Although they may not always be able to retrieve their memories, PTSD sufferers generally have access to specific details of events because traumatic memories are associated with more vivid and detailed imagery than ordinary memories. Some research suggests that trauma survivors who have suffered more severely may display a heightened accuracy in their memory for details associated with the trauma. In addition, memories of trauma can change during the course of PTSD treatment or therapy, presumably due to a change in the severity of PTSD symptoms (see Brewin, 2011). For example, re-living the trauma, a technique commonly used in treatment of PTSD, can result in a gradual decline in the frequency of intrusions and associated distress (Ehlers, Hackmann and Michael, 2004). This may reduce one type of memory associated with PTSD, namely over general memory, a type of memory that may be a result of trying to suppress memories of trauma.
The issue of stability of trauma memory is a key one and this is directly relevant to the issue of whether memories remain consistent or not over time. To sum up so far, PTSD brings with it both an enhanced and impaired memory for a traumatic event. This makes it extremely complex when assessing the reliability of a given witness’s memory. Added to this is the fact that reliability is often confused with credibility.
Reliability refers to accuracy of a witness’s memory whereas credibility is whether or not a witness appears to be speaking the truth or whether they come across as honest. A witness may come across as credible but be completely unreliable or inversely, a witness may have a reliable memory but may not appear credible. The scientific literature shows there are few reliable indicators of credibility and yet there is the mistaken belief among decision-makers that they can tell when someone is speaking the truth or lying. For example, decision makers may invoke factors such as delayed disclosure, inconsistencies in accounts, and a calm or overly emotional demeanor on the part of a female applicant to justify suspicion regarding allegations of rape. Advocates may also adopt questioning strategies with the aim of the making the witness appear less credible. For example, they may ask very specific questions which a witness cannot answer confidently, thus giving the impression that the witness is not credible (Fisher et al. 2012). This undermines the reliability of the witness and does not serve justice.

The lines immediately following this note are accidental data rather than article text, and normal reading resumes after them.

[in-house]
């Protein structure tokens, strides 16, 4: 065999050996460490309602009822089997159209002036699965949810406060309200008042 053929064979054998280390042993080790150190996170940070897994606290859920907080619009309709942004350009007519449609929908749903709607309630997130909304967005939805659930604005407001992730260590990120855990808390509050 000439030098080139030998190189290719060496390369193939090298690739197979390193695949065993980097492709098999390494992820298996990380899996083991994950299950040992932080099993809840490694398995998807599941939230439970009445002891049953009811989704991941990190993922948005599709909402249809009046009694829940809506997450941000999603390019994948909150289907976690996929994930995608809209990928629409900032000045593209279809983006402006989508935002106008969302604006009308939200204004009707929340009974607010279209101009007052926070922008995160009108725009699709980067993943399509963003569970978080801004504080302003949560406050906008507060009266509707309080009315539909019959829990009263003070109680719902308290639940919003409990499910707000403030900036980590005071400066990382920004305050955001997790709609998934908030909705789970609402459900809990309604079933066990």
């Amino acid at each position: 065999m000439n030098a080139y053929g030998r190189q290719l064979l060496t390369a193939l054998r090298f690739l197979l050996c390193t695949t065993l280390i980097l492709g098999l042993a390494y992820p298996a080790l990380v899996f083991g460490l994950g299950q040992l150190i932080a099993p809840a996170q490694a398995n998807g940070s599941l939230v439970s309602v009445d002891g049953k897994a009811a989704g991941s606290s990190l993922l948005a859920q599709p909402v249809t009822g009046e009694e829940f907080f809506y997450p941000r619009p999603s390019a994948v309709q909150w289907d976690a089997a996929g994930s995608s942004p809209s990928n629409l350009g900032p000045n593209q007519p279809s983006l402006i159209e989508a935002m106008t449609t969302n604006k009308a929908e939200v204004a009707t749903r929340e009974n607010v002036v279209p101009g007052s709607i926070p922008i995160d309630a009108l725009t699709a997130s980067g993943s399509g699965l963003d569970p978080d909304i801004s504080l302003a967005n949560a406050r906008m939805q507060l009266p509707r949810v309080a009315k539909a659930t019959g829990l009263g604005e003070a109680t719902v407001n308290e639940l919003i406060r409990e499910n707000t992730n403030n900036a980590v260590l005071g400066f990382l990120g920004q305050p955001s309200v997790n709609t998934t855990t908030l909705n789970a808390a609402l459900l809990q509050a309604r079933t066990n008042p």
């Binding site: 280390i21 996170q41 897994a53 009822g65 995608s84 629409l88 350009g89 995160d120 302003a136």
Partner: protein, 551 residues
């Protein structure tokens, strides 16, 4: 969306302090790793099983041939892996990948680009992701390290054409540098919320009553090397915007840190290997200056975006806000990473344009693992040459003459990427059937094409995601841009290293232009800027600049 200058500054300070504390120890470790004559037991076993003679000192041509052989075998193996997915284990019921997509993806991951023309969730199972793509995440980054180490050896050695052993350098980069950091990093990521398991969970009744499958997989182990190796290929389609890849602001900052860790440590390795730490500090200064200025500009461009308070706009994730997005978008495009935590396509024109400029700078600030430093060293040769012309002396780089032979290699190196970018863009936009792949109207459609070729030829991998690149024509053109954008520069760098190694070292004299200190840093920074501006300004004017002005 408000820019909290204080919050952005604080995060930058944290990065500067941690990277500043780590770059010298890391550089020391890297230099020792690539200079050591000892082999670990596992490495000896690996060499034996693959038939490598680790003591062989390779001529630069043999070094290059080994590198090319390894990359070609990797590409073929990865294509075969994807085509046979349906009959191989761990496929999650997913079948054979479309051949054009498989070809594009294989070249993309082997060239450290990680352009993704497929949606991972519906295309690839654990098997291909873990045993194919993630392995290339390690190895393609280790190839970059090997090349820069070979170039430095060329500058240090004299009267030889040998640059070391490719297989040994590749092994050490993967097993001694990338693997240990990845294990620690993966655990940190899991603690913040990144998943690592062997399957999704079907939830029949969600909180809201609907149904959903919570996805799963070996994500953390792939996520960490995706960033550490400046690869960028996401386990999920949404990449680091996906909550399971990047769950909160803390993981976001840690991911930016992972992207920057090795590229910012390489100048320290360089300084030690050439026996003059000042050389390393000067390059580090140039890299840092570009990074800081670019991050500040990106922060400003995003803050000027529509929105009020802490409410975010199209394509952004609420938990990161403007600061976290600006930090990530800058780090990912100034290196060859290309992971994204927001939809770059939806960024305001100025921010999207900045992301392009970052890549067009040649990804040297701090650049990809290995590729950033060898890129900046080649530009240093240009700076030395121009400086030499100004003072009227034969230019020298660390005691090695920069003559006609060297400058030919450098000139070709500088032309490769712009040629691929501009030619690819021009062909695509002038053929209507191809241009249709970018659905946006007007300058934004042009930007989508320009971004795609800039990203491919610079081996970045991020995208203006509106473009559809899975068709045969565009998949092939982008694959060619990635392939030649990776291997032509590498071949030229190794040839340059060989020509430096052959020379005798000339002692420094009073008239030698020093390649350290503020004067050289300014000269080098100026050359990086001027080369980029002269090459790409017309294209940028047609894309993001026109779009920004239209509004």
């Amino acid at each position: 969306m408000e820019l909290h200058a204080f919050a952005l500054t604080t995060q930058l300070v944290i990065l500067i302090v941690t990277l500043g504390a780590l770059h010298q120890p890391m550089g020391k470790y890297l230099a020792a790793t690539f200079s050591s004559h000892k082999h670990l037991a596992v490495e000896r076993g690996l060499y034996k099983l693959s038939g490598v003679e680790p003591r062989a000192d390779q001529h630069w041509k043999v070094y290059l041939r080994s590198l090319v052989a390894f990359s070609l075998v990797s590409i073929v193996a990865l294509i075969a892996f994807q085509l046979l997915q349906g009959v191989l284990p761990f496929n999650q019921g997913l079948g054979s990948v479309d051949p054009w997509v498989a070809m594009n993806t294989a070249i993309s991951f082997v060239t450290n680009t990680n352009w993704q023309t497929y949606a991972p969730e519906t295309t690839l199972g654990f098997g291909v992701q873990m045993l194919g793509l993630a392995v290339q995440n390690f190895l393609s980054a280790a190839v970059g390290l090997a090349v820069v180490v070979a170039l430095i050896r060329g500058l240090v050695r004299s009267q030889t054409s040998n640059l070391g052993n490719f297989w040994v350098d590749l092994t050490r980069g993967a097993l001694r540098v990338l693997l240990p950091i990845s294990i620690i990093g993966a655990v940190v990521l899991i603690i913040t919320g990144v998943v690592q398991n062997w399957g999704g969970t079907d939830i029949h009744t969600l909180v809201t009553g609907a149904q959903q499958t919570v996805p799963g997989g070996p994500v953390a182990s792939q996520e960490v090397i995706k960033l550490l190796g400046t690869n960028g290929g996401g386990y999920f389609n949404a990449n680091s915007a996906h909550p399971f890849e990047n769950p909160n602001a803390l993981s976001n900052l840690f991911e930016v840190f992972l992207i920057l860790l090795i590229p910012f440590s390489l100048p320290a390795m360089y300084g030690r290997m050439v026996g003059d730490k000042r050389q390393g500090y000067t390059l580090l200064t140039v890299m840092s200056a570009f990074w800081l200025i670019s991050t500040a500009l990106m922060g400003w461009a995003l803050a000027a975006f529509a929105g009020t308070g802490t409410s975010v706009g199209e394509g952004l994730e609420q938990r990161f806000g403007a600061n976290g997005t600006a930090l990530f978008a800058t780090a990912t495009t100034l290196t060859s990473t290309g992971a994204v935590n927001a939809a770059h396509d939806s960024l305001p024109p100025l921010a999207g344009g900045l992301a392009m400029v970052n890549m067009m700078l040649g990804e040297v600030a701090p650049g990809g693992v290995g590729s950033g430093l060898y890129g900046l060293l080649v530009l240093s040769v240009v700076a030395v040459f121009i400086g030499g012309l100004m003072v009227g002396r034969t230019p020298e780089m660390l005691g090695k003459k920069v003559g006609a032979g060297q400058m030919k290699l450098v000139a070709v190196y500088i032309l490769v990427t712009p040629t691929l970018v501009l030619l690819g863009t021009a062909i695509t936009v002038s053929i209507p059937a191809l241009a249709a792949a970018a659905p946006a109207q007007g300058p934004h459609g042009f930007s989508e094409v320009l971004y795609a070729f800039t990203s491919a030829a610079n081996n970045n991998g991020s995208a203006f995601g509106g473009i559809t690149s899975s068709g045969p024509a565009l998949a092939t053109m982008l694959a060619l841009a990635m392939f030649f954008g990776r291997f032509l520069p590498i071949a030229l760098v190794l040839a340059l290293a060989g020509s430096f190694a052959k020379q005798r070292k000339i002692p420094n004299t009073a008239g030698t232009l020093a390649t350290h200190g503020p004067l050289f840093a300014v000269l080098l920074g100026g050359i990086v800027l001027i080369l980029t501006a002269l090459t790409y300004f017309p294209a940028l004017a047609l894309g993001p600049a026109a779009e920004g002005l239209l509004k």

Furundzija was the first trial in the international criminal courts in which the credibility of the defendant was attacked by virtue of the witness’s psychological and neurological state. In other words, the reliability of the memory of the complainant was questioned by putting her credibility into doubt. However, there is an inherent contradiction in the argument here because the Trial Chamber is assuming a link between reliability and credibility and is erroneously conflating these terms. Judges and legal professionals are very suspicious of changes in testimony because they do not understand that a witness can be reliable but not credible or unreliable but credible (Fisher, Brewer, & Mitchell, 2009).